It’s really hard to complain about this start of the Red Sox season, and beyond Xander Bogaerts’ potential ankle injury you kind of have to go out of your way to find faults. I want to be clear that what follows is not a complaint about how things have played out, but rather an observation and a situation about which I am mildly surprised and curious. Alex Cora has clearly prioritized getting rest for regulars and it is apparent that this will be a strategy to be employed all year. Every regular besides Bogaerts has had at least one day off, and players have been rotated in and out of the lineup on a daily basis. That is, seemingly everyone besides Blake Swihart, who has gotten the short end of the playing time stick at the outset of 2018.
It’s a pretty stark contrast from where we were just a few weeks ago, when Swihart was perhaps the biggest story and most discussed player on the roster. Obviously, a hot spring and great first impression in front of the new coaching staff wasn’t going to catapult him into everyday status or anything, but considering that he had locked up a roster spot before Brock Holt (and Deven Marrero) it seemed reasonable to expect he’d at least get a couple of starts during this early stretch against subpar competition. Instead, he’s gotten just one start and his biggest role has been as a late-game replacement as a pinch hitter or pinch runner.
With all of that being said, it makes sense that Swihart would have to earn playing time over some other guys even given the excitement around the young catcher coming out of camp. For as much talent as he has and the prospect pedigree over the other bench players on the Red Sox, he doesn’t really have a major-league track record. Obviously, that’s not really his fault as he has been set back by multiple injuries in recent years, but that time lost matters regardless of who’s at fault. Furthermore, this is a Red Sox team that is looking for versatility, and while Swihart worked all around the field this spring the team probably isn’t quite as confidence in his defense moving around the diamond as it is with someone like Holt.
Whether it’s really surprising or not, the key point here is that we’re only nine games in and playing time concerns at this point in the year really aren’t anything to worry about. with Swihart, though, it’s an interesting data point because as you look at things a little closer it’s not entirely clear where his playing time coming up will come from. The best path is probably behind the plate, but it seems the Red Sox want Christian Vazquez back there most nights and Sandy Leon still has the trust of the backup catcher job. That’s not a lot of time left over for Swihart. His one start in 2018 came at DH, but that’s obviously J.D. Martinez’ spot — and his recent defensive showings in the outfield may mean he’ll get more time there than he was already slated for. When Martinez is in the outfield, it’s generally been used as a way to get Mitch Moreland his playing time, putting Hanley Ramirez in the DH spot and Moreland at first base. It’s understandable and reasonable to focus more on Moreland’s playing time than that of Swihart.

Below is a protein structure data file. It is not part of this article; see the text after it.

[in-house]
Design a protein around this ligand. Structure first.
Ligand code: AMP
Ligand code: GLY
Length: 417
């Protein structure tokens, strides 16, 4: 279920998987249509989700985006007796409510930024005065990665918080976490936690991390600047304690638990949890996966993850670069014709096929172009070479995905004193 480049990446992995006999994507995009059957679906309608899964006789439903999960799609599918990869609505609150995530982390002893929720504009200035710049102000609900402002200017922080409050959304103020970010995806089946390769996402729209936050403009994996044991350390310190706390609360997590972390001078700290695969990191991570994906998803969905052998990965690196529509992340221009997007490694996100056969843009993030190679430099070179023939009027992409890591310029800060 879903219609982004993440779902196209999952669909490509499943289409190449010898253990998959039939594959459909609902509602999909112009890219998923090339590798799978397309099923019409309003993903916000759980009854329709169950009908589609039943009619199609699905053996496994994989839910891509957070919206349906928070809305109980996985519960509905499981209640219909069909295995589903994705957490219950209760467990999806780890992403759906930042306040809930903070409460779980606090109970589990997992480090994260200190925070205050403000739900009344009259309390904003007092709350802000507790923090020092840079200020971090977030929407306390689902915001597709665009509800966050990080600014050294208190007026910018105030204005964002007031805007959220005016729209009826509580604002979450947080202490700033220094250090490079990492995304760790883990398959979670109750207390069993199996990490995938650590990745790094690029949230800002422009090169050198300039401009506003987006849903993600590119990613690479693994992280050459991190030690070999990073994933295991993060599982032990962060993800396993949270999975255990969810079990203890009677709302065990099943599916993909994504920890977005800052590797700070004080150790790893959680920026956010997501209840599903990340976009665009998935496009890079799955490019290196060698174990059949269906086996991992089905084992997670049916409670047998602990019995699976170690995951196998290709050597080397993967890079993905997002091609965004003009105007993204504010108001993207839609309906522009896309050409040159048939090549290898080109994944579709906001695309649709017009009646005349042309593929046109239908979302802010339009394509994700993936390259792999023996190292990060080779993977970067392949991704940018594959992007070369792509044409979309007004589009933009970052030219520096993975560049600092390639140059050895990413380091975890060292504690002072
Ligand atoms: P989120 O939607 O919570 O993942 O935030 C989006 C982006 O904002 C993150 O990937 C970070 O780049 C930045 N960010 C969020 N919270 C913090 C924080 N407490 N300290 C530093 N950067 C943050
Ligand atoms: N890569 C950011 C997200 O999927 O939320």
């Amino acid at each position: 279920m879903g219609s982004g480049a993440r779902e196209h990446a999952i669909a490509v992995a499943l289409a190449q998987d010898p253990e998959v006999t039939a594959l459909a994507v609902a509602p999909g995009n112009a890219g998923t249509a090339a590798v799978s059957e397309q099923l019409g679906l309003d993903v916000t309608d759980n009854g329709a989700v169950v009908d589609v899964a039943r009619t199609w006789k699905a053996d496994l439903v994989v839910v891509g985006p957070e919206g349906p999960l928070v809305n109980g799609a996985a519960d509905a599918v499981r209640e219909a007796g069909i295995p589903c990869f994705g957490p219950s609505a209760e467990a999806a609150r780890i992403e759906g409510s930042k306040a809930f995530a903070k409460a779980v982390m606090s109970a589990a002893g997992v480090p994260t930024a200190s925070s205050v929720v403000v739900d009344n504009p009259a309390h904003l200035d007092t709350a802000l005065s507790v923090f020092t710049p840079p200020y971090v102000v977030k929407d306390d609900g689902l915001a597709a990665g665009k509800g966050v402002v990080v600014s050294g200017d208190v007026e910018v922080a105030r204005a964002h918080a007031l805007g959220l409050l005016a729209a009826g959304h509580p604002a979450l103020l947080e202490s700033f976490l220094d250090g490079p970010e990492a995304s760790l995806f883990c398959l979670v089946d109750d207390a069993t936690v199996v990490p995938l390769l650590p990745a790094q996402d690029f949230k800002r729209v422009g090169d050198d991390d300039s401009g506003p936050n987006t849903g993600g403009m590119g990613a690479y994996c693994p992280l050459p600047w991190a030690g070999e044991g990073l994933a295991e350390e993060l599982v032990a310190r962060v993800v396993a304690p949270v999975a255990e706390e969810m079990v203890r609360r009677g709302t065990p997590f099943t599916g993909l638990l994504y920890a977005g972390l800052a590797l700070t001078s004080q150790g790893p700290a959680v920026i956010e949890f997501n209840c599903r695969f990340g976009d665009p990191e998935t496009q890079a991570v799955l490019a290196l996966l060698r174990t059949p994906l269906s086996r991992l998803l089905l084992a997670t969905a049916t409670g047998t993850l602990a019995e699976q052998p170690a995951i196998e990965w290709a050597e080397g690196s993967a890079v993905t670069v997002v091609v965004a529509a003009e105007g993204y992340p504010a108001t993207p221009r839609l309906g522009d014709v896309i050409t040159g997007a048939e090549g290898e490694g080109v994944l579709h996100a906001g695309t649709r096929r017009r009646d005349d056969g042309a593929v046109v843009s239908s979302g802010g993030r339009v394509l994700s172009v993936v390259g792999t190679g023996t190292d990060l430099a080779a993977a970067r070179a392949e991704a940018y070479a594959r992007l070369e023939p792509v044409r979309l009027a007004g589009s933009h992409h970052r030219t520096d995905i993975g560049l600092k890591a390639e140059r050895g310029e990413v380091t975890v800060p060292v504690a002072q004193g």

The two places Swihart could see a little more time than expected is third base and left field. The former could come if Bogaerts’ injury is serious, as Nuñez would then be more occupied in the middle infield and Swihart could act as Rafael Devers’ backup. Left field could be presented as a larger opportunity if the team still wants to give days off to the everyday outfielders while preventing Martinez from playing the field more often. Of course, it’s not as if Swihart is a proven stud with the glove in the outfield, either. There’s also some question about whether he could possibly fill in at second base wen Nuñez is at shortstop, and while I wouldn’t dismiss it out of hand it’s worth noting that he never actually got any playing time there in spring training.
Ultimately, as I said at the top, this isn’t really a concern as much as it is a curiosity and something to watch moving forward. Swihart was such a massive part of the conversation throughout spring, and he’s been almost completely absent to start the regular season. Playing time nine games in is never something to worry about, but the utility man doesn’t have many clear paths to the field. This surely won’t be Alex Cora’s primary focus as the season continues, but how, where and how often Swihart gets into the lineup as the year moves on will be something I’ll be watching fairly closely.